In the Internet-based thrillers of yore, by which I mean 1995, the primary danger encountered by filmmakers was outdated technology—cutting-edge graphics and astronomical modem speeds that would look and sound grandparent-ready just a few years later. Even as technology continues to accelerate, the risk of inadvertently depicting obsolescence has been overtaken by the risk of movies sounding hopelessly fascinated by something so common. Real-life news provides plenty of fodder for paranoid Internet-themed thrillers, but as the Internet has become a greater part of everyday life, getting freaked out by the nefarious possibilities of social media and smartphones may soon be akin to expressing alarm over the number of channels available to cable TV subscribers.
Disconnect, to its credit, is not a paranoid Internet-themed thriller—at least, not quite. The film, just out on DVD, is more of a drama with elements of suspense, taking a linked-stories approach (which is to say Altmanesque if good and Crash-ish if not so good) to a variety of connectivity issues, technological and not.
A former cop investigates a serious case of identity theft for a distraught couple; the cop’s son is one of two teenage boys engaged in online bullying with a fellow classmate; the victim of the bullying is the son of a high-powered lawyer who can’t put down his cell phone; the lawyer represents a news organization doing a report on webcam exploitation sites; and so on. Some of these connections are revealed right away while others are held back, but as contrived as they are, the filmmakers don’t use these relationships for shocking twists.
No, director Henry-Alex Rubin and writer Andrew Stern have loftier ambitions; they want to weave together multiple stories of the human condition as filtered through our digital here-and-now. The sense of currency doesn’t keep the story threads from a certain narrative and thematic familiarity: the reporter (Andrea Riseborough) gets close with a webcam kid (Max Thieriot), raising questions of whether she is exploiting her subject; the couple (Paula Patton and Alexander Skarsgard) are having trouble after losing a baby; the distant lawyer father (Jason Bateman) craves justice for his son, in part out of guilt.
Bateman gives a particularly touching performance, on the brink of despair as one kind of online obsession (using his smartphone to keep work forever within arm’s reach) gives way to another (trying to track down his son’s online tormentors). In both instances—and throughout the movie—technology provides occupation for unhappy people in crisis.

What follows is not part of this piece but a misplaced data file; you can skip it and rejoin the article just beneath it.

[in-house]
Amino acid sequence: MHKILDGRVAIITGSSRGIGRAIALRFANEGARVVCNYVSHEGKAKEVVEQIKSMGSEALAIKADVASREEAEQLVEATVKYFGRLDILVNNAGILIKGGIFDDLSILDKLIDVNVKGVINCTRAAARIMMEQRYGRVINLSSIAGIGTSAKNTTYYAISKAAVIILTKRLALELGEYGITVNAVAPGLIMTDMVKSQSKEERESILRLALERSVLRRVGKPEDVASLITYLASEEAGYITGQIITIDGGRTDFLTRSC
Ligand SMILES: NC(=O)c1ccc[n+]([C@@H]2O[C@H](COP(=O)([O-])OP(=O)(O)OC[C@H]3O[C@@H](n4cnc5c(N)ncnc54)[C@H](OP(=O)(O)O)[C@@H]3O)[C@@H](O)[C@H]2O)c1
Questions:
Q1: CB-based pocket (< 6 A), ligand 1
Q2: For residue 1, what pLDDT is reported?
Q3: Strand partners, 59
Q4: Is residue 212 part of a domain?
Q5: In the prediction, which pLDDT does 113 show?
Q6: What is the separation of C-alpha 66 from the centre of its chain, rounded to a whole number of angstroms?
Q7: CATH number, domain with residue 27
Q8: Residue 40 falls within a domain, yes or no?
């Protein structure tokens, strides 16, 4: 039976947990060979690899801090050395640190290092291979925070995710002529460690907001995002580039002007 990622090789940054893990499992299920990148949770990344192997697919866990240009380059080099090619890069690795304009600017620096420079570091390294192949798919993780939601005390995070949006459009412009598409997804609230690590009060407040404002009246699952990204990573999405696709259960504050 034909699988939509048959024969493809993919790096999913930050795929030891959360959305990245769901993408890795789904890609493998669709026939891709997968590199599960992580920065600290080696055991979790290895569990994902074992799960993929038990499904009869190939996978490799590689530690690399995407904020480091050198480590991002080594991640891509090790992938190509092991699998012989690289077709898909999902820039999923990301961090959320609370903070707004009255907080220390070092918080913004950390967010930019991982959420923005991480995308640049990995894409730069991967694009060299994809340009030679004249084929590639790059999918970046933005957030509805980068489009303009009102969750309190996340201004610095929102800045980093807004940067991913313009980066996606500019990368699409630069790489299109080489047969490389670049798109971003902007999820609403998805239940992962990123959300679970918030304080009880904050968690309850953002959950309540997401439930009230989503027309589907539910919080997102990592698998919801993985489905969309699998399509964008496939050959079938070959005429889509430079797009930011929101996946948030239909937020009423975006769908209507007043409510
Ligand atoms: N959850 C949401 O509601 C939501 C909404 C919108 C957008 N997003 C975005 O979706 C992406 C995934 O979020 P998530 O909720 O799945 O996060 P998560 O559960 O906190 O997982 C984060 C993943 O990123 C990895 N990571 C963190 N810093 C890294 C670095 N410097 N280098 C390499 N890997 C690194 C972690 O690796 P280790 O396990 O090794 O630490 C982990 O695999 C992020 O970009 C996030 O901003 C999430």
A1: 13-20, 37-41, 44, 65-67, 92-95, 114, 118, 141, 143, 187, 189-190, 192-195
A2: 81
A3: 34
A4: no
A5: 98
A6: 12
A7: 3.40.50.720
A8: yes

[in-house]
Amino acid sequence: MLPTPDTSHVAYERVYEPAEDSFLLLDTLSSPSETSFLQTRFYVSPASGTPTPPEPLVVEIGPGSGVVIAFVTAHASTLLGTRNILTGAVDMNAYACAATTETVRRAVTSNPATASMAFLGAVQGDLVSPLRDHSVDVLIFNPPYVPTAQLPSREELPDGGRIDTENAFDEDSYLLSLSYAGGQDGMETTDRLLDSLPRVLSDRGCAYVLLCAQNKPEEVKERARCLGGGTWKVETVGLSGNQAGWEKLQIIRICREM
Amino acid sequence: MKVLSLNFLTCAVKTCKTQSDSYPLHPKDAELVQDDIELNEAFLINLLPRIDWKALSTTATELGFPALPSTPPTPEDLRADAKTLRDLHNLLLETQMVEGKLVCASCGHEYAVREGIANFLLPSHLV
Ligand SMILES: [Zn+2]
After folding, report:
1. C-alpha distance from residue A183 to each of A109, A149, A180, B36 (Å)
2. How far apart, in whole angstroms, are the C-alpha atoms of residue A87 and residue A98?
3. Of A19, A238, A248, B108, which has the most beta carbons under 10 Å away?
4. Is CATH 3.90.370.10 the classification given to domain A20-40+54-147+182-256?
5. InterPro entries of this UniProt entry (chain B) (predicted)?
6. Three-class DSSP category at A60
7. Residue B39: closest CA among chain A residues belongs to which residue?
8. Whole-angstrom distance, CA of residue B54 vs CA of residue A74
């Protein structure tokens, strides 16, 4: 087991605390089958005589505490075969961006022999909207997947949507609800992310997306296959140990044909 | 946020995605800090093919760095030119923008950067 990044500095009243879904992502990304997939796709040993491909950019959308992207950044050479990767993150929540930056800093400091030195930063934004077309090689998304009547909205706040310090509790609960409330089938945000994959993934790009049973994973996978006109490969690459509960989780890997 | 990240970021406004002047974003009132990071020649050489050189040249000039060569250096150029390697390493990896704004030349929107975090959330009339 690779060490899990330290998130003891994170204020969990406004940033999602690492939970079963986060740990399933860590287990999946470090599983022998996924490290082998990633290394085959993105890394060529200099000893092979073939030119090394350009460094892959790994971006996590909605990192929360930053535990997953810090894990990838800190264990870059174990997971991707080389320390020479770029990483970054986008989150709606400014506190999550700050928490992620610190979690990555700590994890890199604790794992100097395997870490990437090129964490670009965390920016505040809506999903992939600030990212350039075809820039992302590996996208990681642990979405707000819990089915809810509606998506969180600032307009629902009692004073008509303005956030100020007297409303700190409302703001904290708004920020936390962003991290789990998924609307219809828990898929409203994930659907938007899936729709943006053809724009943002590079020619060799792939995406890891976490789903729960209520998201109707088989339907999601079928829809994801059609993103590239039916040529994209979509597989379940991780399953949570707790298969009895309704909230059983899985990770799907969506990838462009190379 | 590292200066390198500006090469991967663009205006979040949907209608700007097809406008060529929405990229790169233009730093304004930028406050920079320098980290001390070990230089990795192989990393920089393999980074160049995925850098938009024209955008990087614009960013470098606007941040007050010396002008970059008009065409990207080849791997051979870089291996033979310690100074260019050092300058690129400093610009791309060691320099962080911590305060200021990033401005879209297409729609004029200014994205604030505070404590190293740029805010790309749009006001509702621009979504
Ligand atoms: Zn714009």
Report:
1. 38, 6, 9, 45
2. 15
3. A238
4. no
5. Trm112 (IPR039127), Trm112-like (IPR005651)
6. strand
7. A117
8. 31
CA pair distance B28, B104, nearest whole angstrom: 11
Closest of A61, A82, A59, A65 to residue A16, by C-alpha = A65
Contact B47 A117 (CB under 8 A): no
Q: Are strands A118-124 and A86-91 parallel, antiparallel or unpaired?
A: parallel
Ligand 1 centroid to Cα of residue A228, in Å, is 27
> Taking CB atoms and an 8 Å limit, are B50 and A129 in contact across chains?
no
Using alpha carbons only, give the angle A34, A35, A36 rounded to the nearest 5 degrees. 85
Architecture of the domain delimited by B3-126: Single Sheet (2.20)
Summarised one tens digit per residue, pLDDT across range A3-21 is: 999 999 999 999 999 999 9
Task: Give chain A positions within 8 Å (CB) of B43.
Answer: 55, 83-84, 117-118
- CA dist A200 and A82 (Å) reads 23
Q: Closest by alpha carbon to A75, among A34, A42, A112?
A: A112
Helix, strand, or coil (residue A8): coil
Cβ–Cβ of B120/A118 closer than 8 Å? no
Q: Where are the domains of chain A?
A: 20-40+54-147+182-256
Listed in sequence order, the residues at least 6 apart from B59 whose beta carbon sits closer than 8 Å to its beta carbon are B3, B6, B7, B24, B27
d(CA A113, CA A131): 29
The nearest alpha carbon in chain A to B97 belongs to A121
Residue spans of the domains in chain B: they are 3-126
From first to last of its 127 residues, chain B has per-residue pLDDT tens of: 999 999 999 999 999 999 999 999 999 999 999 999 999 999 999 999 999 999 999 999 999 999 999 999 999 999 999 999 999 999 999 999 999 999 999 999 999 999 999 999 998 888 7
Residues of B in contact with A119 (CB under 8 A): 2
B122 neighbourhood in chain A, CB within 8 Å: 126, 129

Bateman strips away his comic tics to play this lost father, an appropriate course of action, given that Disconnect is almost entirely humorless. Rubin invests even the most familiar arcs with some urgency, using unobtrusive handheld cameras and dim lighting to create anxiety. But that anxiety, pushed further by the unrelenting somberness of tone, places the movie on the edge of hysteria. Your children are running wild, bullying each other into suicide attempts and selling their bodies on webcams! Online poker sites will steal your identity and take all your money! And the people who try to stop it make everything worse!
Despite the movie’s index of terrible Internet consequences, I don’t think Disconnect intends to startle viewers into shutting off their iPads, or to blame the very existence of technology for its overlapping potential tragedies. On Rubin’s DVD commentary, he mentions the film’s treatment of the “difficulty people have communicating each other.” It’s a point both well-taken and also undermined when the movie can only make that point via worst-case-scenario melodrama.
The commentary track adheres to the explain-what’s-happening-on-screen school of commentaries, but in between Rubin’s tag-like scene descriptions (every scene that introduces a new character must be mentioned specifically), he expounds on the movie’s themes and intentions (and title meaning!), which are mostly apparent within ten or 15 minutes.
Disconnect is nowhere near as laughable as its 1995 ancestors; it more or less accepts online communication as part of our lives and fodder for drama. But well-intention or not, the drama will look familiar to anyone who’s ever watched a morning-show report on the dangers of the Internet. Rubin’s commentary mirrors both his film’s earnestness and its ultimate shallowness: he sounds extremely serious while making surface-level observations.